Sunday, March 20, 2016

Some Interesting Bookplate Stories

 George Brent ( 1904 –  1979) was an Irish-born American stage, film, and television actor .He was also a book collector .His unique  exlibris is the largest leather bookplate I have ever seen.The outside dimensions are 3 1/2 inches wide by 4 inches high.
George Brent

John Held Jr.

Clare Dwiggins
Clare Dwiggins(1874- 1959) , a.k.a Dwig was a well known cartoonist. He was the creator of the first half page Sunday feature known as SchoolDays
Shown below is the bookplate he and his wife Bess used in their library.

This bookplate amuses me. How often do you see a Judaica angling plate?
Does anyone out there know anything about the owner ?
Send your responses to

Solving an E.D. French bookplate mystery with the assistance of fellow collector Richard Schimmelpfeng

Lucy Coleman Carnegie  This one is easy to identify (Brainerd #91)*

Margaret C. Perkins         The puzzle begins here.
This plate is identical to #91 in every way except it is printed in green
and the owner’s name has been changed. It is not listed in Brainerd*

F.Curtis Perkins Jr.  As above, but again with a different name.

From this link I deduced that these were all relatives who used the original copper after the Brainerd book* was published.

I also sent the link to Richard and he responded as follows:
”Hey thanks for the link. I did a little research myself, and Lucy Coleman Carnegie married the brother of Andrew, had nine children, one of whom married Frederick Perkins. All the ones you bought are altered names from the original ED French copper engraving; yes, they are genuine, and they wouldn't have turned up in the literature because of being too late.  The Carnegies and Rockefellers intermarried, and they owned several islands. Fascinating people."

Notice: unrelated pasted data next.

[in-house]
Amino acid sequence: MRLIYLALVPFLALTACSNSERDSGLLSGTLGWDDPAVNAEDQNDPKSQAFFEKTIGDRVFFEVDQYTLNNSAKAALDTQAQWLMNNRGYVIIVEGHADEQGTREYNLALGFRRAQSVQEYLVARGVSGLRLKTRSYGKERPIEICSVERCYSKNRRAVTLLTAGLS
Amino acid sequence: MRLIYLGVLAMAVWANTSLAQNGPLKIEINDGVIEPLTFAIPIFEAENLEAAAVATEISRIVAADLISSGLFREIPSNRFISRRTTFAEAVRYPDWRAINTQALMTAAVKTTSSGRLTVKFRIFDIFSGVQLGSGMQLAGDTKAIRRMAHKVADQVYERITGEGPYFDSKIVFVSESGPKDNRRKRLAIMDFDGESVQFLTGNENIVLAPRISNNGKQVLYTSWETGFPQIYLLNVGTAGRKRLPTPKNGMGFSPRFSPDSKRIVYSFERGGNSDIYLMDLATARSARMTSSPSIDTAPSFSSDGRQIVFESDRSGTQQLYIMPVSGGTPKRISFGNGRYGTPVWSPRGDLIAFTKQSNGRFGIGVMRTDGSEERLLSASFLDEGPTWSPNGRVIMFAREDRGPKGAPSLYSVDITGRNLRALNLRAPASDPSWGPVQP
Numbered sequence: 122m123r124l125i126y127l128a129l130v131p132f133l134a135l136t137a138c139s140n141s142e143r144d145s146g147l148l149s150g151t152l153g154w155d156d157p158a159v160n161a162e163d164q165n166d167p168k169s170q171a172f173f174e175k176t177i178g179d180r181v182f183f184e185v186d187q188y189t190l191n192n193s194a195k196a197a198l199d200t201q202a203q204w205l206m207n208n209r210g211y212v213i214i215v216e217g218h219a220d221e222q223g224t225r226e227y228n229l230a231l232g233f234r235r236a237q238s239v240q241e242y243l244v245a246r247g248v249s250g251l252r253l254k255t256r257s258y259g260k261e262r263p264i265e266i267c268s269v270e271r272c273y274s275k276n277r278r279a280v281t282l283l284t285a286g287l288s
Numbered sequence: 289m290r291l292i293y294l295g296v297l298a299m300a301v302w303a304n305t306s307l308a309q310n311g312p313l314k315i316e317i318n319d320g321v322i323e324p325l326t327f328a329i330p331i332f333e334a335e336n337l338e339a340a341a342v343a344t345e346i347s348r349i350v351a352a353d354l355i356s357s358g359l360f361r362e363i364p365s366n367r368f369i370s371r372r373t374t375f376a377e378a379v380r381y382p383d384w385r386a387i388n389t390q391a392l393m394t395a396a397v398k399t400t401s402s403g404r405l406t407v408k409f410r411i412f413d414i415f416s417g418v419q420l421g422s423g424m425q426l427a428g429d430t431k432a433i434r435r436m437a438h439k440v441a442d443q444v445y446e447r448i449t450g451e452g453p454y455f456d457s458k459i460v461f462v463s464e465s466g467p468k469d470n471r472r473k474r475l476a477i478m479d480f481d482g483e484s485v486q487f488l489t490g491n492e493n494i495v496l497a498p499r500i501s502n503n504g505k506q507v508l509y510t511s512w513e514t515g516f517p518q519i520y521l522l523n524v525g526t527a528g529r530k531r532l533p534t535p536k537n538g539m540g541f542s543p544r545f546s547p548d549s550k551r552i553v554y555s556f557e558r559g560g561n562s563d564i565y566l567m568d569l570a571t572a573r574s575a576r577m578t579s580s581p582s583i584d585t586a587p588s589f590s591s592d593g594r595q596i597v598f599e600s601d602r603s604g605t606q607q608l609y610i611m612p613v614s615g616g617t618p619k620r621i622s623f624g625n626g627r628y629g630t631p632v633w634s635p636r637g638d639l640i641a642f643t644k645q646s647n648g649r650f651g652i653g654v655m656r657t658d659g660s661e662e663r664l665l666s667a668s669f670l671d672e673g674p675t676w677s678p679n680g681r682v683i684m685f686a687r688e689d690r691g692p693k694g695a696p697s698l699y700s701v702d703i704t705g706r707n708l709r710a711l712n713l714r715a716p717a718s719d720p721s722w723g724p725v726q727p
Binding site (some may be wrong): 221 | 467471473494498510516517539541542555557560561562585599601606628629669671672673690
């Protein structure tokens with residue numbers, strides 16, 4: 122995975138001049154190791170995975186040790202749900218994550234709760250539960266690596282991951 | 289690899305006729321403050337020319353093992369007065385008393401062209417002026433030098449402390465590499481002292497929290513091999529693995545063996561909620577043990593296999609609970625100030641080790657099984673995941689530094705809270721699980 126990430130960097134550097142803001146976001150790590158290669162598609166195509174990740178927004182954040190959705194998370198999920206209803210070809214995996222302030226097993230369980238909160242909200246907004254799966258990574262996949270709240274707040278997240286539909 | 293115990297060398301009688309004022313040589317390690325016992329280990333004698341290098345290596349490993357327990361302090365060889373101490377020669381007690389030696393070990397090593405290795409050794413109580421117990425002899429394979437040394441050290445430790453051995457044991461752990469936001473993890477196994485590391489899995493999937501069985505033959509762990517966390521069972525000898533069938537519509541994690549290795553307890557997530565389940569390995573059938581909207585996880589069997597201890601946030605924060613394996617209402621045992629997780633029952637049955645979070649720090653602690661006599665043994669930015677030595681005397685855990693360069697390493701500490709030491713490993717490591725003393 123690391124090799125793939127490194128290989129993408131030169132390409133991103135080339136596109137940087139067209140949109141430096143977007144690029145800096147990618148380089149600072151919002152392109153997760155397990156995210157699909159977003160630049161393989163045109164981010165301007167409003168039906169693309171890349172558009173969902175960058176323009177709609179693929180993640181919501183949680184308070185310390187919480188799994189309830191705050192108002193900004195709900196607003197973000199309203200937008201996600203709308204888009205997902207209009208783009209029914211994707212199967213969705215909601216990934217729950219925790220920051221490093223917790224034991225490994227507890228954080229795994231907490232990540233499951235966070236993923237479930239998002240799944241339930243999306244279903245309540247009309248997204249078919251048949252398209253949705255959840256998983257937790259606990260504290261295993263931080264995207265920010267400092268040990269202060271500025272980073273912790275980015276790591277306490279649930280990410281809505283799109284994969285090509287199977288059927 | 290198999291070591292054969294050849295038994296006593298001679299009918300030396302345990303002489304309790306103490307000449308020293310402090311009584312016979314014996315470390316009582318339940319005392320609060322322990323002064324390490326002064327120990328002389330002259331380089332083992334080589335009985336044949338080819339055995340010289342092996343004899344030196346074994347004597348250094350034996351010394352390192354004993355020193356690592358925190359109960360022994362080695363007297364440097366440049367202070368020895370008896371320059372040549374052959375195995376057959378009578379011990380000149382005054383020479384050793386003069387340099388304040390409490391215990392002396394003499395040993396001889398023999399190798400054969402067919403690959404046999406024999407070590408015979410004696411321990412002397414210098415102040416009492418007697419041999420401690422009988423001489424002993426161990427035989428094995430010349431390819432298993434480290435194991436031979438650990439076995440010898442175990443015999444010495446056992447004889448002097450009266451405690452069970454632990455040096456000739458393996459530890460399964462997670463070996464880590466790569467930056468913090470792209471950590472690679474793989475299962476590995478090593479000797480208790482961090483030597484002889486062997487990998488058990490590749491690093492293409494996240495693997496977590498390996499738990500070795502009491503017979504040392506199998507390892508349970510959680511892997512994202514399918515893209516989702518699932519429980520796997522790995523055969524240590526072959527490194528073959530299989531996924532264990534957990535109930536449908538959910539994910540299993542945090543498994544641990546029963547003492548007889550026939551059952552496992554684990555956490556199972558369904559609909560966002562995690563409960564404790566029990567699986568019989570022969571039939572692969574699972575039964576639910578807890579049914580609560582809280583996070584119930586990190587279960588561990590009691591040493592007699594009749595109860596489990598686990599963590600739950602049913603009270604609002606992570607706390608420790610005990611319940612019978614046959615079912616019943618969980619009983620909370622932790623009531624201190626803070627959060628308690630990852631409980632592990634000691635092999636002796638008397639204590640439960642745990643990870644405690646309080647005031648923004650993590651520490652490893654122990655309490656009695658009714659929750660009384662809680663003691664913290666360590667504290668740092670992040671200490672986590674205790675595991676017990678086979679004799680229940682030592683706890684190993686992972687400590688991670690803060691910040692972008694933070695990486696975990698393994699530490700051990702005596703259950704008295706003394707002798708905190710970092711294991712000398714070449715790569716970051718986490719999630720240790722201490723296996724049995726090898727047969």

* REF. Edwin Davis French A Memorial by Mary Brainerd French

Sunday, March 13, 2016

A Tribute to The Late Larry Conklin By Tom Boss

 I'm really going to miss Larry Conklin. We had innumerable interesting conversations over the thirty-five years I knew him. He was always a provocative thinker with a great vocabulary and command of the English language. Larry loved to discuss, dissect and yes, even argue.

        He was an important mineral dealer and had many stories about collectors and collecting. His personal collection was also enviable. Larry had a passion for early American furniture and decoration and displayed wonderful pieces in his home. They always seemed well-integrated into his style of living.

         I knew Larry chiefly as a book collector first, then as an avid early American bookplate enthusiast. He formed an extensive collection of the works of William Loring Andrews the American bibliophile. I found most of the books in his collection for him. I hope his work on Andrews will result in a book on this important figure.

         Larry also became vulnerable to the charms of bookplates and decided to collect the works of Paul Revere and Nathaniel Hurd and other important engravers and prominent American figures of the 18th century. He liked to keep his bookplates in specially made boxes with the individual prints matted. He was a fastidious collector whose knowledge and passion were in ample evidence whenever I encountered him.

          I hope that other collectors now and in the future will be influenced by Larry in their activities but I'm afraid that with his passing we are left with a permanent void.

Note from Lew -Here is a link to Larry Conklin's website: